The term 'fresh expressions of church' was coined by the Church of England report Mission-shaped Church in 2004. The ecumenical Fresh Expressions initiative was started in 2005 by the Archbishops of Canterbury and York with the Methodist Council.
It now involves a wide range of partners, including Church of England, Methodist Church of Great Britain, United Reformed Church, Church Army and Church Missions Society.
The national Fresh Expressions team, led by Revd Phil Potter, exists to encourage and support the movement which has seen hundreds of new congregations being formed alongside more traditional churches across the UK and internationally.
The Church Army Research Unit surveyed Fresh Expressions of Church across Guildford Diocese during the early part of 2015. Click on the link below to read their report.
Fresh Expressions of Church
It is a way of describing the planting of new congregations or churches which are different in ethos and style from the church which planted them, because they aim to reach a different group of people than those already attending the original church. They are established primarily for the benefit of those who have never been to church.
A fresh expression will:
- Come into being through principles of listening, service, incarnational mission and making disciples
- Have the potential to become a mature expression of church shaped by the gospel and the enduring marks of the church and for its cultural context.
There is no single model to copy, but the emphasis is on planting something which is appropriate to its context rather than cloning something which works elsewhere.
A fresh expression is a church plant or a new congregation. It is not:
- a new way to reach people and add them to an existing congregation
- an old outreach with a new name ('rebranded' or 'freshened up')
- a half-way house, a bridge project, which people belong to for a while, on their way into Christian faith, before crossing over to 'proper' church.
Fresh expressions of church are not meant to replace existing forms of church and they are not in competition with them. Instead, they are to complement the work of inherited or traditional church, in what is known as a 'mixed economy' approach to ministry.
In the ten Dioceses so far researched, fresh expressions of church account for 10% of attendance, the equivalent of an extra mid sized Diocese, or about 21,000 people. For every one person sent to start a Fresh Expression 2.6 more people have joined, a rate of growth that nothing else in the Church of England comes any where near.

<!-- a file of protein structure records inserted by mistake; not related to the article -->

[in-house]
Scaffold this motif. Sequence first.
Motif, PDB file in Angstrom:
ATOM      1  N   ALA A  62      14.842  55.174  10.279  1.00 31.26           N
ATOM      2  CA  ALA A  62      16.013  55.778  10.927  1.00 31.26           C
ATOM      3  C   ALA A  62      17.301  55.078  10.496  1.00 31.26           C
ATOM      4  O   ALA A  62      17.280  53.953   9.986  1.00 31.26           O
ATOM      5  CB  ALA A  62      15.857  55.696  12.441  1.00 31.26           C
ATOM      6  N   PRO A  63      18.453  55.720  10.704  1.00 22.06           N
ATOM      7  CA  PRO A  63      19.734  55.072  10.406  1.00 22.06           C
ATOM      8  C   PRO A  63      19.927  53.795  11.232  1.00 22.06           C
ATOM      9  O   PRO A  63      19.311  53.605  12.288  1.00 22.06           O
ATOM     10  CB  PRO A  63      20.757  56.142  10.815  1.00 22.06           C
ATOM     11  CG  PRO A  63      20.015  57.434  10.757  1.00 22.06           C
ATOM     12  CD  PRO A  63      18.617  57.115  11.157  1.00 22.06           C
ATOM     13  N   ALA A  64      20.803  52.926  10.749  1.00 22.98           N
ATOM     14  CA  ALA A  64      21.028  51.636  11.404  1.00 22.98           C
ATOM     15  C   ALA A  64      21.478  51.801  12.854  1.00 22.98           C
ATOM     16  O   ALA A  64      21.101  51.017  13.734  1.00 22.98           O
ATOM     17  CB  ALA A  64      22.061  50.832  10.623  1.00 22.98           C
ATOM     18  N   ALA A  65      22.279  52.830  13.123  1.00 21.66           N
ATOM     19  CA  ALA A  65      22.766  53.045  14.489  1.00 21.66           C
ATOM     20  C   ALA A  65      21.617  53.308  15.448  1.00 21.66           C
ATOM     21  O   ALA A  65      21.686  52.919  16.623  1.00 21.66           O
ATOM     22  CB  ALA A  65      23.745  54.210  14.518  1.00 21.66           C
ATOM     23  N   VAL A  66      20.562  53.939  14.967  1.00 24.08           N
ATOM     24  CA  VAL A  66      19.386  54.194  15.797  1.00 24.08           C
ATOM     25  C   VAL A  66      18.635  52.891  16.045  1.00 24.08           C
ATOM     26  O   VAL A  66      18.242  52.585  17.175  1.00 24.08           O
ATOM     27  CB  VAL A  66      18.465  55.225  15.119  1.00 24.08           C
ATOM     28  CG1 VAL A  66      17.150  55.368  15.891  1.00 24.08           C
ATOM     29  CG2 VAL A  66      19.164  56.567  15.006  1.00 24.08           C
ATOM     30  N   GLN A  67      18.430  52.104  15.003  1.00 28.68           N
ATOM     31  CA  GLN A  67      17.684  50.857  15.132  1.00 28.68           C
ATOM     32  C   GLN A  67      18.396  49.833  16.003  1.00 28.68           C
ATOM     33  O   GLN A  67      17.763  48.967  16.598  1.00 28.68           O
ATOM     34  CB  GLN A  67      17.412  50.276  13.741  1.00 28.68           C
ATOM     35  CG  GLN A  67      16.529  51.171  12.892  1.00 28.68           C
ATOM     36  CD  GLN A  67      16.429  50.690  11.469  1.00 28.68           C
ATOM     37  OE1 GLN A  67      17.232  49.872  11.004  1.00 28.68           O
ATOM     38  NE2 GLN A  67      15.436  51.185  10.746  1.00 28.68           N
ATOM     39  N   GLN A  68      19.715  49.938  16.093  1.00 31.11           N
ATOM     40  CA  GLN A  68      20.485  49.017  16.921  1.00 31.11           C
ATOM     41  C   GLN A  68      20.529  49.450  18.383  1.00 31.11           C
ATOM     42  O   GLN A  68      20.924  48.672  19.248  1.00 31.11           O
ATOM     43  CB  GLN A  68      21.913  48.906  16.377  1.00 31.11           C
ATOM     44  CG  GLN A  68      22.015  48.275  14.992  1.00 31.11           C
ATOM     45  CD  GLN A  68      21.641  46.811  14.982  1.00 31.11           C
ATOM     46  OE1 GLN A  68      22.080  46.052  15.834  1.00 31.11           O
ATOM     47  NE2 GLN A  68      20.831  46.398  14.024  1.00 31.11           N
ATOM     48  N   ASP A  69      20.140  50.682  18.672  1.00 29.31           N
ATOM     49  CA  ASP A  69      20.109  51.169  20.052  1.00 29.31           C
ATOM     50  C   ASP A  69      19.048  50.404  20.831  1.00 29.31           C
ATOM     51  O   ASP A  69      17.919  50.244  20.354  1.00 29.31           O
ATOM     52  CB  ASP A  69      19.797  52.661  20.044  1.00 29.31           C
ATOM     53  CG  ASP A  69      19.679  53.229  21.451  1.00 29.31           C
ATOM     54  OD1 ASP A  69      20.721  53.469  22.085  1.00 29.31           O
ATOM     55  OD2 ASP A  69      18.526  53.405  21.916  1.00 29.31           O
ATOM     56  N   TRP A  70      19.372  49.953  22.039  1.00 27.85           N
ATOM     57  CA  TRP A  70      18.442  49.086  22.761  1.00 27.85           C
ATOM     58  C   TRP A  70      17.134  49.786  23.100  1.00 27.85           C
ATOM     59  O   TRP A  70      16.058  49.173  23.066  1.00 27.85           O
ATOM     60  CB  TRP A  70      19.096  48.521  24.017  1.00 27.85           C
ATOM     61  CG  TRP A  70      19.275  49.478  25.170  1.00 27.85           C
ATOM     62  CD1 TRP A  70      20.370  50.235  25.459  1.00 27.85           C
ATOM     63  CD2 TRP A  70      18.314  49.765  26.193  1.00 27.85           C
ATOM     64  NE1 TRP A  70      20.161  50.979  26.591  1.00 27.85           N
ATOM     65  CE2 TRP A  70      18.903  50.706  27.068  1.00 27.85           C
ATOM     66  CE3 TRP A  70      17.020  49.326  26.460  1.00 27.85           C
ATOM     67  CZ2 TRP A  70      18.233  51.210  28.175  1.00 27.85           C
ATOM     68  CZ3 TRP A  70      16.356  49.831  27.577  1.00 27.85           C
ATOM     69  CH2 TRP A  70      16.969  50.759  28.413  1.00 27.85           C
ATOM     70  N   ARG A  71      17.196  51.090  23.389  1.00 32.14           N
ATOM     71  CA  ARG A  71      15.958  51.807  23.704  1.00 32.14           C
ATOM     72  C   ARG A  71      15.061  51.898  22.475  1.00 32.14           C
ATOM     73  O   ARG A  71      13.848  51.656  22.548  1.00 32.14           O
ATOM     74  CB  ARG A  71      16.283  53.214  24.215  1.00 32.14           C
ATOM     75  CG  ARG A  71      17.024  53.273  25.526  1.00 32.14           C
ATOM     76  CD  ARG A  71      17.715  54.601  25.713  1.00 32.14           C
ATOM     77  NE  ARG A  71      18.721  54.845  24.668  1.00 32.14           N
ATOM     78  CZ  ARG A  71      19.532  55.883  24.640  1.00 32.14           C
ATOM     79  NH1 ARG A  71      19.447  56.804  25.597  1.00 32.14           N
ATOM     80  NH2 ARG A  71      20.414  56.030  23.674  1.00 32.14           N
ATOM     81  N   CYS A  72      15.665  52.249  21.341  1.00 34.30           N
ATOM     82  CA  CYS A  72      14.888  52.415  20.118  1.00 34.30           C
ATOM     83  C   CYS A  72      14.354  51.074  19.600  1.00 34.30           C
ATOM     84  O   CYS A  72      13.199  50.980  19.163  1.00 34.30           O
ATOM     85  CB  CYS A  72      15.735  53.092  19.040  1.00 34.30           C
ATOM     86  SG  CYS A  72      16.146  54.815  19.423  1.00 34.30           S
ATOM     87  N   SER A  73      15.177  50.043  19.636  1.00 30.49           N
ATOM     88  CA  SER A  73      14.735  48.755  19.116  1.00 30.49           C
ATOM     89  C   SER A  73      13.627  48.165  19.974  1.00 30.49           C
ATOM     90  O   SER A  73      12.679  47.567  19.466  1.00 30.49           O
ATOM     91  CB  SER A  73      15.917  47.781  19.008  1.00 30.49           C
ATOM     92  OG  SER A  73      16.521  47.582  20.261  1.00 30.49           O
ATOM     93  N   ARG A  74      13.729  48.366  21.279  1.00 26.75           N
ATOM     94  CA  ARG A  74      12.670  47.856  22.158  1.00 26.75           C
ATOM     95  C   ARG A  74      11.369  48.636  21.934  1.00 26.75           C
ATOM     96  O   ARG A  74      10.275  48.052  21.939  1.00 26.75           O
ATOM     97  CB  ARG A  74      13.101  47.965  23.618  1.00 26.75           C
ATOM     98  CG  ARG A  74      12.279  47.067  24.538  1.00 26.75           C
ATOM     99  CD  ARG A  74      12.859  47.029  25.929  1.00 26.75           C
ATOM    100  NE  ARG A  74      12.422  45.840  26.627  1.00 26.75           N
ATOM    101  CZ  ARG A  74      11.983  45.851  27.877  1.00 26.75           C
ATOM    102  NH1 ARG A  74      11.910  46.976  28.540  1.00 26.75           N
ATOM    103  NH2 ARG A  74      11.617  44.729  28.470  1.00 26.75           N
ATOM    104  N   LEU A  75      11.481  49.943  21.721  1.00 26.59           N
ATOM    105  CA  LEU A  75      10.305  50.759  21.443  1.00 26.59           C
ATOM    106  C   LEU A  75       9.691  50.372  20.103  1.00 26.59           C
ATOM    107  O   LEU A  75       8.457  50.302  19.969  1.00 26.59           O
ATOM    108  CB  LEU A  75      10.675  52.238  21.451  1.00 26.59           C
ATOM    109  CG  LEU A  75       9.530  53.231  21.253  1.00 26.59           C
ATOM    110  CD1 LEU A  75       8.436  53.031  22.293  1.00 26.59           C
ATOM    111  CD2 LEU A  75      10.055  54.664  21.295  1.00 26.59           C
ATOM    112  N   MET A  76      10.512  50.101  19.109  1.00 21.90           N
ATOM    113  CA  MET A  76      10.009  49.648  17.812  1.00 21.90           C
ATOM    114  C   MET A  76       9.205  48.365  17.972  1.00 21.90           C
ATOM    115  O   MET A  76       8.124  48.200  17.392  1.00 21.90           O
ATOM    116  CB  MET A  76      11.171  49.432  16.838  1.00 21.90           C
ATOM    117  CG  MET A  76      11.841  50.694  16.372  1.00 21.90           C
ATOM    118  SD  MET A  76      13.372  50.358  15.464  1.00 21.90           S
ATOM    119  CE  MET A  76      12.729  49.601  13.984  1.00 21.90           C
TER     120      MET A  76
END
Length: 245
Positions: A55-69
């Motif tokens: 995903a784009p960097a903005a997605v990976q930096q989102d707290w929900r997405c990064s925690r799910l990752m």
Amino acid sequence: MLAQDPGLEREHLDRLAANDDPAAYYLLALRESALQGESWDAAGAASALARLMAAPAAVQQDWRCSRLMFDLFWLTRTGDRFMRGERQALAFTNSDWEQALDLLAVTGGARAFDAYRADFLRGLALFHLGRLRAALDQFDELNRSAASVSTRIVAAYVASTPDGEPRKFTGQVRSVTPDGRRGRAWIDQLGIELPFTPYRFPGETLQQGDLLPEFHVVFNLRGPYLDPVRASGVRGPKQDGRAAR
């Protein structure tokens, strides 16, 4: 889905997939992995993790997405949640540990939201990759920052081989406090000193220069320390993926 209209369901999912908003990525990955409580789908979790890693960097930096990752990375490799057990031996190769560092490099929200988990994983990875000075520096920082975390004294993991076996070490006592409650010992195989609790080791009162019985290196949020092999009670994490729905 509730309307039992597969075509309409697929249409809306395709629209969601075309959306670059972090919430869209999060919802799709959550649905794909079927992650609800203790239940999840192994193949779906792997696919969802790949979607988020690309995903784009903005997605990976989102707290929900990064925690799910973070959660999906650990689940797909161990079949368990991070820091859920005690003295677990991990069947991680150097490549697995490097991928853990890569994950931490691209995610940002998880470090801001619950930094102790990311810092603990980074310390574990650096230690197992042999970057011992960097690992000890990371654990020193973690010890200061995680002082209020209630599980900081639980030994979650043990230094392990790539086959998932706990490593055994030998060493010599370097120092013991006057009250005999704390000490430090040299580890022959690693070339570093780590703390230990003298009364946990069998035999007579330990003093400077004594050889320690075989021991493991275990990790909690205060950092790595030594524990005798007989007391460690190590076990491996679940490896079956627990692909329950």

Three Minute Guides
National Fresh Expressions have put together the following seven extremely helpful guides to understanding, starting and developing a fresh expression of church.
They are free to download and share.
Some fresh expressions are very different from church as we are used to it in the UK - there is the Tubestation surfer church on Polzeath beach, Cornwall; a youth congregation based in an Essex skate park, and The Order of the Black Sheep for those who feel like the 'black sheep' of society. Others are more familiar but in unfamiliar settings - church in a café, pub, school, gym or a sports club.
Fresh Expressions training is focused on three key resources: vision days; a free to download mission shaped intro course; and the mission shaped ministry (msm) course.
- 90 vision days have now been held across the UK, attracting over 6,000 people. Nearly 1,000 more have been to vision days in Canada, the US and New Zealand
- Around 75,000 people in the UK and around the world have participated in the introductory msi course
- Since msm launched in 2007, 73 courses have taken place across the UK in venues from Plymouth to Inverness, involving nearly 2,500 students, with another 11 msm courses starting in the autumn. Mission shaped ministry has also run in Canada, Australia, New Zealand, the US and Barbados
Contact: Fresh Expressions general number: 0300 365 0563
Revd Phil Potter, is leader of the Fresh Expressions national team. To find out more about the movement, visit the Fresh Expressions website www.freshexpressions.org.uk
Fresh Expressions also provides information on Pioneer Ministry and holds a central listing of Bishop's Mission Orders. Click here for further details.
Messy Churches in Guildford
A report has just been published looking at Messy Church in our diocese, and identifying what is working well, and making some recommendations for good practice in future. This will be of interest to clergy, PCC’s, Messy Church members and leaders, children’s and families workers (paid and volunteer), and anyone interested in fresh expressions of church and church planting.
The report looks at issues like deciding whether Messy Church is the right way forward for our context, how to set up a Messy Church, Messy Church and discipleship, witness and evangelism, sustaining a Messy Church, what happens at 11+, the potential future impact of Messy Church upon inherited ways of being church, and much else besides.
You can find the full report here.
Other Articles and Resources
What are the differences between Emerging Church and an outreach ministry of a local church? Read more
Read Revd Stephen Cox's book review of 'For the Parish' Andrew Davison and Alison Millbank (SCM)
A report on St Paul's Cafe Church Dorking can be found here.
If you want to find out more about good practice in Fresh Expressions, or share ideas try www.sharetheguide.org
Contact Local Mission Advisor Stephen Cox for more details.